On October 7-8, 2015, the third of a series of four workshops entitled Reappraising the Anne Frank Diaries – Contexts and Receptions took place at the Lichtenberg-Kolleg, the Göttingen Institute of Advanced Studies. The third workshop was, like the second one, dedicated to the theme of “Contexts and Receptions.” A group of ten international scholars discussed three long papers (45-minute presentations followed by 45-minute discussions). The workshop is part of the project The Diaries of Anne Frank. Research – Translations – Critical Edition, a collaboration between the Lichtenberg-Kolleg (University of Göttingen) and the Fritz Bauer Institute (University of Frankfurt). The project aims to produce a new critical edition of the diaries, which will include new translations into German and English, as well as several research chapters that will focus on context, receptions and representations of the diaries. The papers presented at the workshops will feed into this monograph.
MARTIN VAN GELDEREN (Lichtenberg-Kolleg, Göttingen) analysed the writing of Anne Frank in the context of both contemporaneous Dutch intellectual culture and the Montessori method, which was used in the school that Anne Frank attended. Van Gelderen began with a critical assessment of the concept of the pillarisation of Dutch society in the 1930s, which holds that various ethnic and religious milieux coexisted in relative isolation. The Frank family’s choice, after their relocation to Amsterdam, to send Anne to a Montessori school was an important cultural decision within this context. It meant that the young Anne would be associated neither with the pre-existing Dutch social pillars, nor with Jewish subculture. Anne was thus educated at the vanguard of modern pedagogy with the Montessori method, which encouraged children’s individuality, freedom and spontaneity. Maria Montessori also assigned a prominent role to women in her program, encouraging female students’ individuality in particular so that they could free themselves from what she considered a form of slavery.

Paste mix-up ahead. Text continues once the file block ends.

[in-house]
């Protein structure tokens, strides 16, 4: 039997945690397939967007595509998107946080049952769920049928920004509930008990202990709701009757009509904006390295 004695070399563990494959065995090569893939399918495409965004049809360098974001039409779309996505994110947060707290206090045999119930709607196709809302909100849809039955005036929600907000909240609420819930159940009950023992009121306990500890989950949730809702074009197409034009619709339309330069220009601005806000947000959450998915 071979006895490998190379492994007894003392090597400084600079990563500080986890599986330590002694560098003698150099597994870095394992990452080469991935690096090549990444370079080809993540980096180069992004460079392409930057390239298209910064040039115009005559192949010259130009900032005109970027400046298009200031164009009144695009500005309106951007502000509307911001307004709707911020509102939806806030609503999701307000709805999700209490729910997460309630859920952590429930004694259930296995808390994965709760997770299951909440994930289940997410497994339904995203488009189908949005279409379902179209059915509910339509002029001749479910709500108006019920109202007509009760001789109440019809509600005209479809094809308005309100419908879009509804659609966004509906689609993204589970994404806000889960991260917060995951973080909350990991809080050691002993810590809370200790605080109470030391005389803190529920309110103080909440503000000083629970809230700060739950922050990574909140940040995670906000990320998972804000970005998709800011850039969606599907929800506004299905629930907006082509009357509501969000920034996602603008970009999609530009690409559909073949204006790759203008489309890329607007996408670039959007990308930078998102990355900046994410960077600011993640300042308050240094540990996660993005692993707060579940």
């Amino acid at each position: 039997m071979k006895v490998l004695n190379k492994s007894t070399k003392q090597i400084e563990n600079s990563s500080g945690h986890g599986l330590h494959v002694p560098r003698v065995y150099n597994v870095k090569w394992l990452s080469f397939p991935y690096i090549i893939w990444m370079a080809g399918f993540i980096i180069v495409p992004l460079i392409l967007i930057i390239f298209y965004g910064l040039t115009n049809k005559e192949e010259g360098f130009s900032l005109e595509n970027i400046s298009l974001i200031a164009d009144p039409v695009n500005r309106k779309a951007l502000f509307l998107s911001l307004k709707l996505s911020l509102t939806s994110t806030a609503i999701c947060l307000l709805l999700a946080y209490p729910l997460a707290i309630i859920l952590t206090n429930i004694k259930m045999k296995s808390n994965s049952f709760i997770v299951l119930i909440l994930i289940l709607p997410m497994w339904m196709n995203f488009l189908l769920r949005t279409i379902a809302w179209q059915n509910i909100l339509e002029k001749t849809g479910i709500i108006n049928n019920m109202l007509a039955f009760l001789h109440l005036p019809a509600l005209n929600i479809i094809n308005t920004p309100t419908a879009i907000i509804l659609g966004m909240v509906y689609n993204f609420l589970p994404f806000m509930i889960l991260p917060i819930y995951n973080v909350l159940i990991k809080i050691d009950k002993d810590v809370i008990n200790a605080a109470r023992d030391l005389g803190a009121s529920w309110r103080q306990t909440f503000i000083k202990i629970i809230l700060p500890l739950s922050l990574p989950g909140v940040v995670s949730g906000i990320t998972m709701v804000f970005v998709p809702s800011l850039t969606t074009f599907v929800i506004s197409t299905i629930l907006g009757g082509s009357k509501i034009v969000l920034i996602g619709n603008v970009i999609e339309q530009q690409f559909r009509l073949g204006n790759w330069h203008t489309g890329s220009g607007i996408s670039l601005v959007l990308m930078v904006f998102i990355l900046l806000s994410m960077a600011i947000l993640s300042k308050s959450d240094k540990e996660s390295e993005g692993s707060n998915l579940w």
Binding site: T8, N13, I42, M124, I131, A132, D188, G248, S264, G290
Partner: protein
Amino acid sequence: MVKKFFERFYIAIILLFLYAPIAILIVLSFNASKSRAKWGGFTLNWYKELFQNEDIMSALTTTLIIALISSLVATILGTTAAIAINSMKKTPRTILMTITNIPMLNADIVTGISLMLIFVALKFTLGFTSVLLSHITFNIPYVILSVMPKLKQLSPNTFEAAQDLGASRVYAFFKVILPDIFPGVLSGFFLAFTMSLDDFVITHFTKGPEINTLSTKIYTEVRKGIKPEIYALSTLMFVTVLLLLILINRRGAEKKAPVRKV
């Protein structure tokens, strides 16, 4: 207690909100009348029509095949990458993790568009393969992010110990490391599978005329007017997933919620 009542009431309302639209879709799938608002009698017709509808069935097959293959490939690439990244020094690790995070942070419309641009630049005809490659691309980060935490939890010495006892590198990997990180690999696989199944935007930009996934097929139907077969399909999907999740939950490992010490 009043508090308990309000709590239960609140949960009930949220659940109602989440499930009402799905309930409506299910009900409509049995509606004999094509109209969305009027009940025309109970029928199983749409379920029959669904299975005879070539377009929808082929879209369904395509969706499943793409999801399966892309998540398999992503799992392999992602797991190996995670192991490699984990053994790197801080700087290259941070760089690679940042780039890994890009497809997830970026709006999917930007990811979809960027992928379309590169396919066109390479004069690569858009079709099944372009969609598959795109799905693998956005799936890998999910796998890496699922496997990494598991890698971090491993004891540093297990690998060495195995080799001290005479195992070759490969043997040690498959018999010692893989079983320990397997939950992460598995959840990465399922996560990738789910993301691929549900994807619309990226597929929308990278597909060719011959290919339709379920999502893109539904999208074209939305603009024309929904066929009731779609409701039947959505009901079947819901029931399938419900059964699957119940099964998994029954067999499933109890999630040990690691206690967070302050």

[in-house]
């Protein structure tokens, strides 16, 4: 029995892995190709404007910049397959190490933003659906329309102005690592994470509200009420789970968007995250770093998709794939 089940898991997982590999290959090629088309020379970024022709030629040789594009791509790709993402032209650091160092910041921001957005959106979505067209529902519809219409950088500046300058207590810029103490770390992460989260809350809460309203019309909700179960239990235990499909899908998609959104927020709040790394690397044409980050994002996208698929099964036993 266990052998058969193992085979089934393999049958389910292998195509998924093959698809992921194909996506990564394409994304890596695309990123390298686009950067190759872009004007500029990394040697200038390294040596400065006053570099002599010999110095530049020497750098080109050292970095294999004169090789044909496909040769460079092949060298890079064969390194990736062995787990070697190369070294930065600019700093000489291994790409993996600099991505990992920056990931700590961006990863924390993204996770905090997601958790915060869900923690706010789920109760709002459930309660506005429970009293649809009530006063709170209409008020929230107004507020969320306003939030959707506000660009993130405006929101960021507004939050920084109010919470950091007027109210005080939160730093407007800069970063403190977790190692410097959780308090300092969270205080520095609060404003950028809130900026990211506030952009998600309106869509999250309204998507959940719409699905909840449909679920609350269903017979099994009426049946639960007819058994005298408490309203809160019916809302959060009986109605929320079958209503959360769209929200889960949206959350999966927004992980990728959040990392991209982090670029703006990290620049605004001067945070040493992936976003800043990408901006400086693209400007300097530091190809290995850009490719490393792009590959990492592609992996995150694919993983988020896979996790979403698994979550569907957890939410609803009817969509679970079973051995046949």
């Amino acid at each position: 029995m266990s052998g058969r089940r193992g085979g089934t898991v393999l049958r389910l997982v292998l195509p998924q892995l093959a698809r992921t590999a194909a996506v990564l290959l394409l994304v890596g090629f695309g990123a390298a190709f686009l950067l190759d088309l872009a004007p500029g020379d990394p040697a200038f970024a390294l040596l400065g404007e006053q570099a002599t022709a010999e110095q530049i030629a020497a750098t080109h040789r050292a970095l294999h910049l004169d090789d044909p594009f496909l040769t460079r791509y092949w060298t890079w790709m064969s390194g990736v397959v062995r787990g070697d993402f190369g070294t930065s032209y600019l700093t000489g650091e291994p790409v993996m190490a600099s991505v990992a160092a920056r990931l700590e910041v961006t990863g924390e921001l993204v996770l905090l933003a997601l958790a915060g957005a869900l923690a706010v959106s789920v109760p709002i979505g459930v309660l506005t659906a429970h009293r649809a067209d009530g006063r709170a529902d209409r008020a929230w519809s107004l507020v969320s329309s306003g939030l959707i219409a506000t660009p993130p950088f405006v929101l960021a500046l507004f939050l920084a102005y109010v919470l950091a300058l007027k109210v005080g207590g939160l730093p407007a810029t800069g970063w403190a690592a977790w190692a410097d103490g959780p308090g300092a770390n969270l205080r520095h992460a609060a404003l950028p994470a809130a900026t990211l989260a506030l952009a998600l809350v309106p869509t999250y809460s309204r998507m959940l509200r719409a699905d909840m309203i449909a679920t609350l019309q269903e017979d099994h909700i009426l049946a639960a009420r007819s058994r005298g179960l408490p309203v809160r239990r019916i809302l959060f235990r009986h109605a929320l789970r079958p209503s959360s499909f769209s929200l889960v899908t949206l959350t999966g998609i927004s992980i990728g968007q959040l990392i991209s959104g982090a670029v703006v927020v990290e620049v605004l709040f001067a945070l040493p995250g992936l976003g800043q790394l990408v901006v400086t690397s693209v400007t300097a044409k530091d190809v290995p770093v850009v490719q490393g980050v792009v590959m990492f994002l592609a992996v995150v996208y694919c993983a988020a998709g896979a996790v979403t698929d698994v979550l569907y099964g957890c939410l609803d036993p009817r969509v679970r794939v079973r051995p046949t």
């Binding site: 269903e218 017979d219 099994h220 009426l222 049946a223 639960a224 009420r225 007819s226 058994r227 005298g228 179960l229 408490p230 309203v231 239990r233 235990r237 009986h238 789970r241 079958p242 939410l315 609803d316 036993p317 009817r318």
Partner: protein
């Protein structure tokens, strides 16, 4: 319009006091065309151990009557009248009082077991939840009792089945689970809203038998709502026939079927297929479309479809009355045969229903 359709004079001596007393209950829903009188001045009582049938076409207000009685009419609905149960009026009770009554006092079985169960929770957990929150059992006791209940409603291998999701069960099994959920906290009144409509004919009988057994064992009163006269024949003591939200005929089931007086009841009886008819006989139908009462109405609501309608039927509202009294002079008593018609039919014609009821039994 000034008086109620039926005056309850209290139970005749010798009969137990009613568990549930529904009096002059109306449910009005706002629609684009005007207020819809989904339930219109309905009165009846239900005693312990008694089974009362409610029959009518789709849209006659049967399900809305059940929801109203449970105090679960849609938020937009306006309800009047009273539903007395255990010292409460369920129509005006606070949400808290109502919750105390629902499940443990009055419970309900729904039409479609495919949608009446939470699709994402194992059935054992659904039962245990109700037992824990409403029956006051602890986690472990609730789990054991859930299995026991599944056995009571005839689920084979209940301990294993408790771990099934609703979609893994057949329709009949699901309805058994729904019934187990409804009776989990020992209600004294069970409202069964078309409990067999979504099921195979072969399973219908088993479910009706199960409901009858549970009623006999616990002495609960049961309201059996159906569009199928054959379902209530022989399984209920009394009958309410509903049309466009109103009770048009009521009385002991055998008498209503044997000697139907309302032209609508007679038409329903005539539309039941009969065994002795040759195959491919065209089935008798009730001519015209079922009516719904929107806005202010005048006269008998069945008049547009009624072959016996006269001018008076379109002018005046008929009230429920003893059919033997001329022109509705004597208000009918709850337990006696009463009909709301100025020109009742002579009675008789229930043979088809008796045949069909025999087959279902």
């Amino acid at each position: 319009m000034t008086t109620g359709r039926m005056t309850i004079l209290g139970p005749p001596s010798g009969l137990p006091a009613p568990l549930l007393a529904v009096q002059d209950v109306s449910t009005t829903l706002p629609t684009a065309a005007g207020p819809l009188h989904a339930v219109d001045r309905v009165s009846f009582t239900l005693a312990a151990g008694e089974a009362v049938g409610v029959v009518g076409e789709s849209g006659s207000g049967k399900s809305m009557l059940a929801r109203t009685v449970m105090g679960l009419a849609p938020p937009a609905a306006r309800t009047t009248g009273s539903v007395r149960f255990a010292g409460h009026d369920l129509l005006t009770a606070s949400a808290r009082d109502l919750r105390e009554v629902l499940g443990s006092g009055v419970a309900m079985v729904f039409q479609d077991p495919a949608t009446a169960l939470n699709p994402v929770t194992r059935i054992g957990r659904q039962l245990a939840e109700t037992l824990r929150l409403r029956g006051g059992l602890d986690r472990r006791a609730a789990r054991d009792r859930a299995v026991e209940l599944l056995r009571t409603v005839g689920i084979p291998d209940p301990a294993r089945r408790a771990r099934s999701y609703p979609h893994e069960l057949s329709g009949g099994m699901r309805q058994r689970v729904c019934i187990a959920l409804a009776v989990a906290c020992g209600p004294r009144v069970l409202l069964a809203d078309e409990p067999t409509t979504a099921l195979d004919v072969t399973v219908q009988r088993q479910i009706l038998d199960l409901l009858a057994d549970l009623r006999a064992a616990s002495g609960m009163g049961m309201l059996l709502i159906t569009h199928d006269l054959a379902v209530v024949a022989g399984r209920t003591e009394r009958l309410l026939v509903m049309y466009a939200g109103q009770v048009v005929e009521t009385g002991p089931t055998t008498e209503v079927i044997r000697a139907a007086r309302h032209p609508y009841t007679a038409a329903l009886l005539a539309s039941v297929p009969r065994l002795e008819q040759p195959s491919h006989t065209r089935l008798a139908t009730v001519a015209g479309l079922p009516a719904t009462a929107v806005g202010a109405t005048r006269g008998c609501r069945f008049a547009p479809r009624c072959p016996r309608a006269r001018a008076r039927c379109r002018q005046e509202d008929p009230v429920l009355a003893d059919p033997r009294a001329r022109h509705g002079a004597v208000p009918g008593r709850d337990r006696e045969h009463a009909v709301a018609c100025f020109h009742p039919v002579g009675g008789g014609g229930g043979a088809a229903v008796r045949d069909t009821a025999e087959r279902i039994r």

Van Gelderen also argued that the literary influence on Anne’s writing style and thinking, most importantly the works of Cissy van Marxveldt, overlapped with elements of the Montessori method. In the popular Joop ter Heul novel series by Van Marxveldt, teenage female heroines were daring, glamorous and independent, which corresponded to what Maria Montessori wanted modern teenage girls to be. Anne Frank adopted this image for herself in her diaries, along with the ironic writing style, the diary genre and even names which she borrowed from Van Marxveldt’s novels.